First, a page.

Review: Little Shop of Horrors, Open Air Theatre Regents Park
PUBLISHED: 15:15 15 August 2018 | UPDATED: 09:31 16 August 2018
Caroline David settles in for an evening of open-air theatre as director Maria Aberg oversees a quite brilliant adaption of the Little Shop of Horrors
When Little Shop of Horrors opened off-Broadway in 1982, it was an immediate hit.
The mix of musical styles –Doo-wop, Blues, Gospel, Rock, Motown – and the combination of sci-fi horror and political satire struck a chord.
Director Maria Aberg’s inventive production is a visual feast that celebrates the show’s past glories – the movie version became a cult hit in the 80s – but she also brings an impressive warmth to this barbaric tale.
At heart it’s a tragic love story: meek flower assistant Seymour pines for co-worker Audrey who is dating an abusive, nitrous oxide-addicted dentist.
During a total eclipse Seymour discovers an unusual plant – he names it Audrey II – which turns around his fortunes.
Trouble is the plant – a grotesque kind of Venus flytrap – craves human blood. Tom Scutt’s expressionist set surrounds Mushnik’s flower shop where they work with a sea of grey buildings that suggests the bleak prospects of Skid Row.
Splashes of green hint at the orgiastic feast to come. As the plant grows, the green on stage seems echoed by the Regents Park setting.
The cast is electric. Matt Willis (of boyband Busted fame) has a raw charisma, as he cackles his way through the dentist’s numbers.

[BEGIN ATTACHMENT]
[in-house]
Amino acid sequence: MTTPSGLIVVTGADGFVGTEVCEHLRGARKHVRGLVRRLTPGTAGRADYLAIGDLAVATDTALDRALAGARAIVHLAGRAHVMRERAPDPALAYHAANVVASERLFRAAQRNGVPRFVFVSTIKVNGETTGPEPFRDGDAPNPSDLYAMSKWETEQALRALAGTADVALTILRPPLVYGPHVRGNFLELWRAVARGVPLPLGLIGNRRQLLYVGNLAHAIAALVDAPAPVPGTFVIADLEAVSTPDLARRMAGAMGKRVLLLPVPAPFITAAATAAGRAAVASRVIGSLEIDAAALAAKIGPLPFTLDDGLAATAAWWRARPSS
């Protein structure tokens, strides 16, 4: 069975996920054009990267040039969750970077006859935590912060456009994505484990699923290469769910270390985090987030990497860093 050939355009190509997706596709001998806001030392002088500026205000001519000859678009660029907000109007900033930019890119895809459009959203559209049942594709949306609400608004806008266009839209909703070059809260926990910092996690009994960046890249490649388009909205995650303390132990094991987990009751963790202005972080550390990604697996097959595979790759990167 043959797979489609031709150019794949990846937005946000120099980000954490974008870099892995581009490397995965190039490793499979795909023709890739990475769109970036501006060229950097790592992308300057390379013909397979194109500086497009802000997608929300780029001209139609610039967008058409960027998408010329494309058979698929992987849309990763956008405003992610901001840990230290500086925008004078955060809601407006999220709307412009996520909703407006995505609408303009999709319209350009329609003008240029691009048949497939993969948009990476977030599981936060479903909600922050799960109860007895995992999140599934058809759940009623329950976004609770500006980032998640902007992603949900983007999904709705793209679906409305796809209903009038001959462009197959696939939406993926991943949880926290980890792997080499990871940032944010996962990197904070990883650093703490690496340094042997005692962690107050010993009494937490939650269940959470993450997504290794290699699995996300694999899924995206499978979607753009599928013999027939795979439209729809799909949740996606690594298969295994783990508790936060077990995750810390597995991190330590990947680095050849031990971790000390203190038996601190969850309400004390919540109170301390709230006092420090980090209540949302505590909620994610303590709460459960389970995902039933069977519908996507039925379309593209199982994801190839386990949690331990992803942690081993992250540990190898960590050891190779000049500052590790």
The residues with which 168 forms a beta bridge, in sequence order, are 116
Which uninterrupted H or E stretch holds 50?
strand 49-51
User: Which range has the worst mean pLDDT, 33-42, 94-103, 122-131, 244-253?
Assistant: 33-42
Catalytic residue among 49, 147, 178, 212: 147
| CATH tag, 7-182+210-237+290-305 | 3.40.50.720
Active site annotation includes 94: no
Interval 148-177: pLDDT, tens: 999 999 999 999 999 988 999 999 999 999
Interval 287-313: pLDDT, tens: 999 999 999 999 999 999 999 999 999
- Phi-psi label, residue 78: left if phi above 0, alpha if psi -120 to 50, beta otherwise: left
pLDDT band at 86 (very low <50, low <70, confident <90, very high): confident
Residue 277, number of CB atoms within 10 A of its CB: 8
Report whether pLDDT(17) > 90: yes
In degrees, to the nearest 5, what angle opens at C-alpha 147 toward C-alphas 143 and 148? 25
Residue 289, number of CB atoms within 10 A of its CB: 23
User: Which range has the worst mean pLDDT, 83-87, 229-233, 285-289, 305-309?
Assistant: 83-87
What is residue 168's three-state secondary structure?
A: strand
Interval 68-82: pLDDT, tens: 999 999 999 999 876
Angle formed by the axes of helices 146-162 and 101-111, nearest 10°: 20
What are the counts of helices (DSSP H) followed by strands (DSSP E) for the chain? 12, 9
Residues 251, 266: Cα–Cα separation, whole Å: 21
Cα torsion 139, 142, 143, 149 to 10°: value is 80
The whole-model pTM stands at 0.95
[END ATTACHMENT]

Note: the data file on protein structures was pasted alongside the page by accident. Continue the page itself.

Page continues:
Forbes Masson as the self-serving Mr Mushnik is horribly creepy and his Yiddish Be My Son is a highlight.
You root for Marc Antolin as geeky Seymour and when Jemima Rooper lets rip in Somewhere That’s Green, it breaks your heart. Audrey II is played by American singer and drag queen Vicky Vox – a major coup for the production. Her appeals to be fed as she bursts shamelessly out of her spandex swimsuit are both terrifying and touching.
‘They say the meek shall inherit the earth. They tell a lie,’ croon the streetwise chorus. The grotesque values behind the American dream and the ugliness of our secret desires are laid bare.
If the anti-morality grates, I defy anyone not to be swept away by the waves of festive green – spangles, glitter, neon – or the dancing flytrap cuttings moving ghoulishly amongst the plant’s regurgigitated victims. Brilliant.
Little Shop of Horrors by Regents Park Open Air Theatre runs until Saturday September 22. For more details and tickets, visit: openairtheatre.com